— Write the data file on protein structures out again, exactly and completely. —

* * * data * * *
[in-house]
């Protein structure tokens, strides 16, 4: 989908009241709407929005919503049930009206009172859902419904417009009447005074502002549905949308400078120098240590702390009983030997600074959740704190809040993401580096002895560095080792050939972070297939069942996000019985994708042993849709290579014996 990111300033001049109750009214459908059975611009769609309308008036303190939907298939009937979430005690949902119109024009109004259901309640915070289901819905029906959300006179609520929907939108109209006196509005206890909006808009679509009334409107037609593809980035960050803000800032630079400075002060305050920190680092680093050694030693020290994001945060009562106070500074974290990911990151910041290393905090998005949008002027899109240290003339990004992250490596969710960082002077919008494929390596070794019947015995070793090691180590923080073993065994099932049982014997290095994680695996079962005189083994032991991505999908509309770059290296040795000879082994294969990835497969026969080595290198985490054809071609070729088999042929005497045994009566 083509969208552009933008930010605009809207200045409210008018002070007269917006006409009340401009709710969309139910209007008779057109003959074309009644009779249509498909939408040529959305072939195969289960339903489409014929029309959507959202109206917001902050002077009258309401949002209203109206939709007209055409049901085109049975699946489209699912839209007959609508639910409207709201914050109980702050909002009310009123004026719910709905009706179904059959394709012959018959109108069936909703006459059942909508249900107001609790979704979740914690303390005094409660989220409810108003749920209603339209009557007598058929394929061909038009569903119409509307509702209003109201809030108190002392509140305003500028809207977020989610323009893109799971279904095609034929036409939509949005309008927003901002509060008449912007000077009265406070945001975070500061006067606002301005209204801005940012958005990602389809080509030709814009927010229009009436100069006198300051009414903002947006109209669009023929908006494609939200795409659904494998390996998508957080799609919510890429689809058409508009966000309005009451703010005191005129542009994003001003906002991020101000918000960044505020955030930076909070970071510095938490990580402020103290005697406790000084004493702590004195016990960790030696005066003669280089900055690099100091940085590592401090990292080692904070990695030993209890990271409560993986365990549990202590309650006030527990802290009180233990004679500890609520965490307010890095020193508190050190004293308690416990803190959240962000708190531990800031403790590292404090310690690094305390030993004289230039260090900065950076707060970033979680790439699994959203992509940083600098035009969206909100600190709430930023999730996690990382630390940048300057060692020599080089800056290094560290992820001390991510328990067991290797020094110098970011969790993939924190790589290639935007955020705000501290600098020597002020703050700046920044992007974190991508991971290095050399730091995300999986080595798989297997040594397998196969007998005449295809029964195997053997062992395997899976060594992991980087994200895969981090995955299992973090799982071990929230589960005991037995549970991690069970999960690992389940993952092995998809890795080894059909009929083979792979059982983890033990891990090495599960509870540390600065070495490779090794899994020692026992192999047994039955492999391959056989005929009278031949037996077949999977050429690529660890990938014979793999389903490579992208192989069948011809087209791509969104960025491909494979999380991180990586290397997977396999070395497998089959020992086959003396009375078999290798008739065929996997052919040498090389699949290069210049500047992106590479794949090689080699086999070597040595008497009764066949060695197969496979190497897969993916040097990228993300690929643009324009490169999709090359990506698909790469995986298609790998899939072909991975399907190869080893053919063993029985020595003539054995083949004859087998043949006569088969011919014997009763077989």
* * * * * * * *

[in-house]
């Protein structure tokens, strides 16, 4: 989908009241709407929005919503049930009206009172859902419904417009009447005074502002549905949308400078120098240590702390009983030997600074959740704190809040993401580096002895560095080792050939972070297939069942996000019985994708042993849709290579014996 990111300033001049109750009214459908059975611009769609309308008036303190939907298939009937979430005690949902119109024009109004259901309640915070289901819905029906959300006179609520929907939108109209006196509005206890909006808009679509009334409107037609593809980035960050803000800032630079400075002060305050920190680092680093050694030693020290994001945060009562106070500074974290990911990151910041290393905090998005949008002027899109240290003339990004992250490596969710960082002077919008494929390596070794019947015995070793090691180590923080073993065994099932049982014997290095994680695996079962005189083994032991991505999908509309770059290296040795000879082994294969990835497969026969080595290198985490054809071609070729088999042929005497045994009566 083509969208552009933008930010605009809207200045409210008018002070007269917006006409009340401009709710969309139910209007008779057109003959074309009644009779249509498909939408040529959305072939195969289960339903489409014929029309959507959202109206917001902050002077009258309401949002209203109206939709007209055409049901085109049975699946489209699912839209007959609508639910409207709201914050109980702050909002009310009123004026719910709905009706179904059959394709012959018959109108069936909703006459059942909508249900107001609790979704979740914690303390005094409660989220409810108003749920209603339209009557007598058929394929061909038009569903119409509307509702209003109201809030108190002392509140305003500028809207977020989610323009893109799971279904095609034929036409939509949005309008927003901002509060008449912007000077009265406070945001975070500061006067606002301005209204801005940012958005990602389809080509030709814009927010229009009436100069006198300051009414903002947006109209669009023929908006494609939200795409659904494998390996998508957080799609919510890429689809058409508009966000309005009451703010005191005129542009994003001003906002991020101000918000960044505020955030930076909070970071510095938490990580402020103290005697406790000084004493702590004195016990960790030696005066003669280089900055690099100091940085590592401090990292080692904070990695030993209890990271409560993986365990549990202590309650006030527990802290009180233990004679500890609520965490307010890095020193508190050190004293308690416990803190959240962000708190531990800031403790590292404090310690690094305390030993004289230039260090900065950076707060970033979680790439699994959203992509940083600098035009969206909100600190709430930023999730996690990382630390940048300057060692020599080089800056290094560290992820001390991510328990067991290797020094110098970011969790993939924190790589290639935007955020705000501290600098020597002020703050700046920044992007974190991508991971290095050399730091995300999986080595798989297997040594397998196969007998005449295809029964195997053997062992395997899976060594992991980087994200895969981090995955299992973090799982071990929230589960005991037995549970991690069970999960690992389940993952092995998809890795080894059909009929083979792979059982983890033990891990090495599960509870540390600065070495490779090794899994020692026992192999047994039955492999391959056989005929009278031949037996077949999977050429690529660890990938014979793999389903490579992208192989069948011809087209791509969104960025491909494979999380991180990586290397997977396999070395497998089959020992086959003396009375078999290798008739065929996997052919040498090389699949290069210049500047992106590479794949090689080699086999070597040595008497009764066949060695197969496979190497897969993916040097990228993300690929643009324009490169999709090359990506698909790469995986298609790998899939072909991975399907190869080893053919063993029985020595003539054995083949004859087998043949006569088969011919014997009763077989």